A new exhibition at Cartersville’s Booth Western Art Museum near Atlanta explores Andy Warhol’s love of the American West through the art he made and the things he collected. Museum director and curator Seth Hopkins had long been fascinated by a set of Warhol prints in the museum’s permanent collection: the 14 images in Warhol’s 1986 portfolio Cowboys and Indians, one of the last projects Warhol completed before his death in 1987.
The show includes much of Warhol’s artistic output that touches on the West (including short video clips from the two Western films he made), but also some of the items he owned and collected: a few pair of the Lucchese cowboy boots he wore nearly every day of his adult life, his Roy Rogers alarm clock, the celebrity scrapbook from his childhood with autographed photos from Western stars, his Edward Curtis portraits, and several of the thousands of Native American artifacts he hoarded.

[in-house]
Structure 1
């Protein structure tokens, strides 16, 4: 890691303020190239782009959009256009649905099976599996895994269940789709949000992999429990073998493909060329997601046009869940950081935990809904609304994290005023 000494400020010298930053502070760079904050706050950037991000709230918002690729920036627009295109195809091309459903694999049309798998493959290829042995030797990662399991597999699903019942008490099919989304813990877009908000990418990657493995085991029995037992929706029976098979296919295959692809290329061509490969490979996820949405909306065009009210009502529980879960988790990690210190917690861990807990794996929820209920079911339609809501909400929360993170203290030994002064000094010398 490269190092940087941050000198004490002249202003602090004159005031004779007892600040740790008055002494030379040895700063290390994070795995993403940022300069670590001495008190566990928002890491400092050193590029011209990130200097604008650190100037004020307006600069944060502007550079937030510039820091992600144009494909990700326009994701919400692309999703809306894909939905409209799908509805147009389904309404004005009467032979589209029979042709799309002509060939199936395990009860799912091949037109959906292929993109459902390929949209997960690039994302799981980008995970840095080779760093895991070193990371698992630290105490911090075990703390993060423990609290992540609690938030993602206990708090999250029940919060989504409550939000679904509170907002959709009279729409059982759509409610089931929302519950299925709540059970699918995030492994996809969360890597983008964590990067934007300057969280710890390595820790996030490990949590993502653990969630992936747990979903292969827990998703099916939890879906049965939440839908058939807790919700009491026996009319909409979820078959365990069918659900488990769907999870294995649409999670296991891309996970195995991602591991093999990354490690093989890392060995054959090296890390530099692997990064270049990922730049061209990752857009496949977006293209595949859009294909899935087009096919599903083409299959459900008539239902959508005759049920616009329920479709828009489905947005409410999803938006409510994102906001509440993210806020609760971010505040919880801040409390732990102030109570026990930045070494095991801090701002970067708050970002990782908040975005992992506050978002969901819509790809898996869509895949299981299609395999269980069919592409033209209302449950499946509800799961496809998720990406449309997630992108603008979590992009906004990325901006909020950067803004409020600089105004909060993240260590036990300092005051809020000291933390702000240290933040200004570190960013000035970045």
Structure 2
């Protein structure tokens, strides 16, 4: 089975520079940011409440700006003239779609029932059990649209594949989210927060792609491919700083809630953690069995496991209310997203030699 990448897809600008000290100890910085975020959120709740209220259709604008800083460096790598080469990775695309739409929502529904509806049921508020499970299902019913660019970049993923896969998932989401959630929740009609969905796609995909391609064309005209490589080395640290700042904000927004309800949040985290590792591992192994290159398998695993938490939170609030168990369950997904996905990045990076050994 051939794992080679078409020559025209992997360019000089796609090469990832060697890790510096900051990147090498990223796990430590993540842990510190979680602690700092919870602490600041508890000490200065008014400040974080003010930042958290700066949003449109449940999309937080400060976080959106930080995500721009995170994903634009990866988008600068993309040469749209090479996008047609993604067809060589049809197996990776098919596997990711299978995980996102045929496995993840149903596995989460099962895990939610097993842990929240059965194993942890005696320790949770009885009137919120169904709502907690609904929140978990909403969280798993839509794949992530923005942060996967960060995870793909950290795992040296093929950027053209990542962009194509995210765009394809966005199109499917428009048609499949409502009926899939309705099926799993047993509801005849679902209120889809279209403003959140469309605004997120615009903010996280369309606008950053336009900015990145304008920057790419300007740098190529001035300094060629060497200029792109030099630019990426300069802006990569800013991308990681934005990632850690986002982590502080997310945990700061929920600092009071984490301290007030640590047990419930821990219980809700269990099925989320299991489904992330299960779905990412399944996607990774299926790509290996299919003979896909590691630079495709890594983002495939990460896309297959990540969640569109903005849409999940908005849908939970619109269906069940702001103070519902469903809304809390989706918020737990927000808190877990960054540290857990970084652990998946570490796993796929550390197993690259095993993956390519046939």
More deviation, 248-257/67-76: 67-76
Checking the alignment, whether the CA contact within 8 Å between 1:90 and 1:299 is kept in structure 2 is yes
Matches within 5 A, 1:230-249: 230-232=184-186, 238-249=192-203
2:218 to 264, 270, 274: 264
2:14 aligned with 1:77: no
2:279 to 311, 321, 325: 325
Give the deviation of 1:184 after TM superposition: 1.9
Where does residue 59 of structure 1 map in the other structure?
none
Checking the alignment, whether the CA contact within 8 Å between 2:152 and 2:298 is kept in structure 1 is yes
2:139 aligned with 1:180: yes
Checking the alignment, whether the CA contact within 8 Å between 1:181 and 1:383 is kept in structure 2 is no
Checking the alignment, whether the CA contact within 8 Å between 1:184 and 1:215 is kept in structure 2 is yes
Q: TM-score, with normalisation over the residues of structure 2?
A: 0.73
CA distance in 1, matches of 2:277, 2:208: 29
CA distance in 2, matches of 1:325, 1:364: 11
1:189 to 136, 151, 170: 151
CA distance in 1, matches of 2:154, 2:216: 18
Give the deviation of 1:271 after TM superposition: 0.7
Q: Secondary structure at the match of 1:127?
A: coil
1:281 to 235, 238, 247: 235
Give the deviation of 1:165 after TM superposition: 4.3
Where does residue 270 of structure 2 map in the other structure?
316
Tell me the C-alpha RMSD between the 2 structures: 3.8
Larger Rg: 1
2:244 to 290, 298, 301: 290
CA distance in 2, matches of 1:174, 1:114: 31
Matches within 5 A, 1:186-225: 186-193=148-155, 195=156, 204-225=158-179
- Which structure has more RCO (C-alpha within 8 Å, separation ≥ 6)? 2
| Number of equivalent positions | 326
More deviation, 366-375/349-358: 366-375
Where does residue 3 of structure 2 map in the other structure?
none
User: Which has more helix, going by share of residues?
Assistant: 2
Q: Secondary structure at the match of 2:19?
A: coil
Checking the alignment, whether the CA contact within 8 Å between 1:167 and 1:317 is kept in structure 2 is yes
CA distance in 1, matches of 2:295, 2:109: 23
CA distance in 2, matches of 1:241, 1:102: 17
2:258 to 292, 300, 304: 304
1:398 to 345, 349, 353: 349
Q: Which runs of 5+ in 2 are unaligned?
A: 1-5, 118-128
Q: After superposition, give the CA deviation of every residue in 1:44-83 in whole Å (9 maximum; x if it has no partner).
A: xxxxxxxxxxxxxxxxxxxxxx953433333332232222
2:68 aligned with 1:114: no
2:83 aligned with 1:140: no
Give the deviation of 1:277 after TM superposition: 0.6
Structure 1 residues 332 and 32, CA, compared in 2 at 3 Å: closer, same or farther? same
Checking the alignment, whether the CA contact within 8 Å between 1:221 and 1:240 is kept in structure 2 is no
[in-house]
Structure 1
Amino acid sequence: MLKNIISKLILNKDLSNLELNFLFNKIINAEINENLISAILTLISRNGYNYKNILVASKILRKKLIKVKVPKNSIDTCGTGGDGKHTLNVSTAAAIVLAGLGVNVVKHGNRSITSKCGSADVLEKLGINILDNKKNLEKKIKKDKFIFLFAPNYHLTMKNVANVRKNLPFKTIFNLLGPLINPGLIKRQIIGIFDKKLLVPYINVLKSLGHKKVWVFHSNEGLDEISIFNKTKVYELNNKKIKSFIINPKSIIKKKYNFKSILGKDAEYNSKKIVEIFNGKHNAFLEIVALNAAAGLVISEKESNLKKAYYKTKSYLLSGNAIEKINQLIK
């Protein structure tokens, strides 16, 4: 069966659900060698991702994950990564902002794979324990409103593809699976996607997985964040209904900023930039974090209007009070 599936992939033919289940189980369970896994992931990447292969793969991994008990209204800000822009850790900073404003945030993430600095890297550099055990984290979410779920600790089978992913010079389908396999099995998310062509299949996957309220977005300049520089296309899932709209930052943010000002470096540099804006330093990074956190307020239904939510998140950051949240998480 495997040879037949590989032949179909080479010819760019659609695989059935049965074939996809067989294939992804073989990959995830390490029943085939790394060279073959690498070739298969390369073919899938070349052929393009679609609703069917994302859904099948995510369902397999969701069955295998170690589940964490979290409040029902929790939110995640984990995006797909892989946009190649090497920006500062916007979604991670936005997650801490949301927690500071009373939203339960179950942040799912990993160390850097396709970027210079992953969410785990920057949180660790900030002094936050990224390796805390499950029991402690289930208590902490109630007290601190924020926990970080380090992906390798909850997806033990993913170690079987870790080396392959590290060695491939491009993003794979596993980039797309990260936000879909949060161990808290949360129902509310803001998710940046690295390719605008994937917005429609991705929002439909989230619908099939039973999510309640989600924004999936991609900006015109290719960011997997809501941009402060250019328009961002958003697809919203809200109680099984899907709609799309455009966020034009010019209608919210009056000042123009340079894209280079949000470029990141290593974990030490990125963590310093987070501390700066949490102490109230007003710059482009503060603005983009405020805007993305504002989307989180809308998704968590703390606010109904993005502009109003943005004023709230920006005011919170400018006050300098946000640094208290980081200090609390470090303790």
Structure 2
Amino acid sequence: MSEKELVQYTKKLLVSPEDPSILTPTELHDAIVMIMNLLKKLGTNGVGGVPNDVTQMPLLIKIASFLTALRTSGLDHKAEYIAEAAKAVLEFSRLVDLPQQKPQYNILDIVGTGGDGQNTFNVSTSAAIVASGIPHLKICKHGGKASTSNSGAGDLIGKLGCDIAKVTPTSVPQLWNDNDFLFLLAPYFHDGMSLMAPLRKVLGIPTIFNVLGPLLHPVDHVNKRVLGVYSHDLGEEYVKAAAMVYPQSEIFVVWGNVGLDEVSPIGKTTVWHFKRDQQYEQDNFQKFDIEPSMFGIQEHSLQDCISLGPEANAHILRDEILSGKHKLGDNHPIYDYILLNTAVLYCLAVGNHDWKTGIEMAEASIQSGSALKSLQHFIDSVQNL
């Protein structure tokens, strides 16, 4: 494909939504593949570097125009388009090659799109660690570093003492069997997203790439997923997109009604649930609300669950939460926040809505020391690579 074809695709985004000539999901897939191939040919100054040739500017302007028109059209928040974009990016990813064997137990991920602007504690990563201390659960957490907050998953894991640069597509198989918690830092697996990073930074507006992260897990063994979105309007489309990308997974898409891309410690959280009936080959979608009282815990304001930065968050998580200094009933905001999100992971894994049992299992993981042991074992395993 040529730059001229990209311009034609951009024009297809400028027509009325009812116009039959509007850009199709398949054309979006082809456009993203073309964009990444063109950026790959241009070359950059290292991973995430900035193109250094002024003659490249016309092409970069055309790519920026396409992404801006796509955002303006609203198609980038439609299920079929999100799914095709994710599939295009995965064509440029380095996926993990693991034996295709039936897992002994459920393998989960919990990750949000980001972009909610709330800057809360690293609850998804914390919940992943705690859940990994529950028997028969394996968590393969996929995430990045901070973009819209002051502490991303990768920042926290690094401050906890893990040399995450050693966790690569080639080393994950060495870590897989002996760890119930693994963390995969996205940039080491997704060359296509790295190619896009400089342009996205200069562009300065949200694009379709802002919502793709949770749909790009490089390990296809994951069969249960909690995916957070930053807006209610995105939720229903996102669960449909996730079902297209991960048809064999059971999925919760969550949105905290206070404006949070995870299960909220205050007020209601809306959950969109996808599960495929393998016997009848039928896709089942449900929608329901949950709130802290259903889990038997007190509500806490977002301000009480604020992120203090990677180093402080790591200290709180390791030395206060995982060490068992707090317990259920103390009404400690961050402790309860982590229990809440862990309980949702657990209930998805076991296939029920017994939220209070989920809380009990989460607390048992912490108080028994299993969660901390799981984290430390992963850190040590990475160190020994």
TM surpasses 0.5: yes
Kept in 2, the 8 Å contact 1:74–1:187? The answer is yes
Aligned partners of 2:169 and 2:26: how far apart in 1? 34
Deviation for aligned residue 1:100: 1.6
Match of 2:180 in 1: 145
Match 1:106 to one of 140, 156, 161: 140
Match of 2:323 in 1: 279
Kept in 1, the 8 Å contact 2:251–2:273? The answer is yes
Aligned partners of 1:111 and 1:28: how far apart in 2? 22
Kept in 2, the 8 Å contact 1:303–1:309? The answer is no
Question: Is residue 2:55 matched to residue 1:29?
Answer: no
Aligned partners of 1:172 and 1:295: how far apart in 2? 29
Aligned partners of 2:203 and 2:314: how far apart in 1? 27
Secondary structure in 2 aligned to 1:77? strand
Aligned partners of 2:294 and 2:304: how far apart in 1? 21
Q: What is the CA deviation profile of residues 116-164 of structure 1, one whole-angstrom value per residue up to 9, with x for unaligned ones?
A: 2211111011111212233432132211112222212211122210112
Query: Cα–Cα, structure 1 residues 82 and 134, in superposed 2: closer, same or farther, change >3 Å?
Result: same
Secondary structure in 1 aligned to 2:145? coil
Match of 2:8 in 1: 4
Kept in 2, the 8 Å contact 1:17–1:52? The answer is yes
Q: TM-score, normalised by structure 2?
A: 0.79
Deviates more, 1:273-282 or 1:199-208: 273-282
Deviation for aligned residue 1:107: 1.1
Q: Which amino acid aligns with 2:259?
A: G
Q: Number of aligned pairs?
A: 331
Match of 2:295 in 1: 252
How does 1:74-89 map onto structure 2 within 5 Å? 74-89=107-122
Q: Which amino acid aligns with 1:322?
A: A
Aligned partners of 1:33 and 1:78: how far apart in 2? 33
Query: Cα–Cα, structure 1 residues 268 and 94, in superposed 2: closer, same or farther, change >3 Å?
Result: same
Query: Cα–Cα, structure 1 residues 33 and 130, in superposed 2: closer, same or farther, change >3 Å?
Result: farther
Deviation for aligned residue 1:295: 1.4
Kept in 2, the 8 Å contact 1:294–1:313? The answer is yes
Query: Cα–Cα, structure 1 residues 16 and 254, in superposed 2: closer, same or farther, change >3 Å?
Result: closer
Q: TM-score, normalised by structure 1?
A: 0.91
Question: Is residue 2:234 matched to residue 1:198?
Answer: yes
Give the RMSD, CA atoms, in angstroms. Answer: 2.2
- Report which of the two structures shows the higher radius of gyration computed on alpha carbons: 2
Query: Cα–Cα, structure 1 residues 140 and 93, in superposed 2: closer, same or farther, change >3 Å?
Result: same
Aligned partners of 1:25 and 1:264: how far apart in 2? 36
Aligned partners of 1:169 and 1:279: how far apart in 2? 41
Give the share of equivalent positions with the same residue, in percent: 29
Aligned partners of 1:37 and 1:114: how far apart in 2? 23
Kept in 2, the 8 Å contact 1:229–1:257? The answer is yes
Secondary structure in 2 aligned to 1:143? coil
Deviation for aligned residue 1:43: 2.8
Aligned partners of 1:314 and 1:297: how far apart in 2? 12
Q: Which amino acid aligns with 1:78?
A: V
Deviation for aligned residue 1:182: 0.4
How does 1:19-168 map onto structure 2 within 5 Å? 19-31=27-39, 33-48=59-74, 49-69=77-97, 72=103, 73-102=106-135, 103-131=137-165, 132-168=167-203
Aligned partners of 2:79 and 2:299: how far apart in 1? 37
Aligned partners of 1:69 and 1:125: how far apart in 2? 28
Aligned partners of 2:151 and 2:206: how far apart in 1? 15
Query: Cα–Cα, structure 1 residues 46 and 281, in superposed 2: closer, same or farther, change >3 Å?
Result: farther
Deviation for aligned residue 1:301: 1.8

Warhol argued that there was no depth to anything he did: “”If you want to know about Andy Warhol, just look at the surface of my paintings and films and me, and there I am,” he famously said. “There’s nothing behind it.”
Nonetheless, an amazingly complicated and profound vision of the West emerges from the show: Warhol depicts a region that is beautiful, vast, contentious, dreamlike, glamorous, violent, and–in the end–incomprehensibly tragic.
Warhol and the West runs at the Booth Museum through December 31.